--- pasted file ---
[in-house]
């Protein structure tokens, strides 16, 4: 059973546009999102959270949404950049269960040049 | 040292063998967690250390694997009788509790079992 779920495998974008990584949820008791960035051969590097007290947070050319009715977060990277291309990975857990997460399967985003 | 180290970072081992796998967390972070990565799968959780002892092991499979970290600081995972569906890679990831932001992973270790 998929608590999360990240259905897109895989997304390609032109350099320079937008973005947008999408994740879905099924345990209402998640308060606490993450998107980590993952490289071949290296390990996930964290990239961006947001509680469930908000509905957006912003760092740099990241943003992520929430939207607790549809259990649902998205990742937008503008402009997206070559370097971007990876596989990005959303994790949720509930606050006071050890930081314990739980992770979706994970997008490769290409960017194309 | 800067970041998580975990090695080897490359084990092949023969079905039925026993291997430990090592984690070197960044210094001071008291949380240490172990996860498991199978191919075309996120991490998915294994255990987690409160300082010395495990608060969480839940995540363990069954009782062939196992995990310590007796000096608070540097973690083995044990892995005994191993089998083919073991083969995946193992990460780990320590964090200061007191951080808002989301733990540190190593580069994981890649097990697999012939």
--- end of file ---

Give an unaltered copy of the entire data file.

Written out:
[in-house]
């Protein structure tokens, strides 16, 4: 059973546009999102959270949404950049269960040049 | 040292063998967690250390694997009788509790079992 779920495998974008990584949820008791960035051969590097007290947070050319009715977060990277291309990975857990997460399967985003 | 180290970072081992796998967390972070990565799968959780002892092991499979970290600081995972569906890679990831932001992973270790 998929608590999360990240259905897109895989997304390609032109350099320079937008973005947008999408994740879905099924345990209402998640308060606490993450998107980590993952490289071949290296390990996930964290990239961006947001509680469930908000509905957006912003760092740099990241943003992520929430939207607790549809259990649902998205990742937008503008402009997206070559370097971007990876596989990005959303994790949720509930606050006071050890930081314990739980992770979706994970997008490769290409960017194309 | 800067970041998580975990090695080897490359084990092949023969079905039925026993291997430990090592984690070197960044210094001071008291949380240490172990996860498991199978191919075309996120991490998915294994255990987690409160300082010395495990608060969480839940995540363990069954009782062939196992995990310590007796000096608070540097973690083995044990892995005994191993089998083919073991083969995946193992990460780990320590964090200061007191951080808002989301733990540190190593580069994981890649097990697999012939």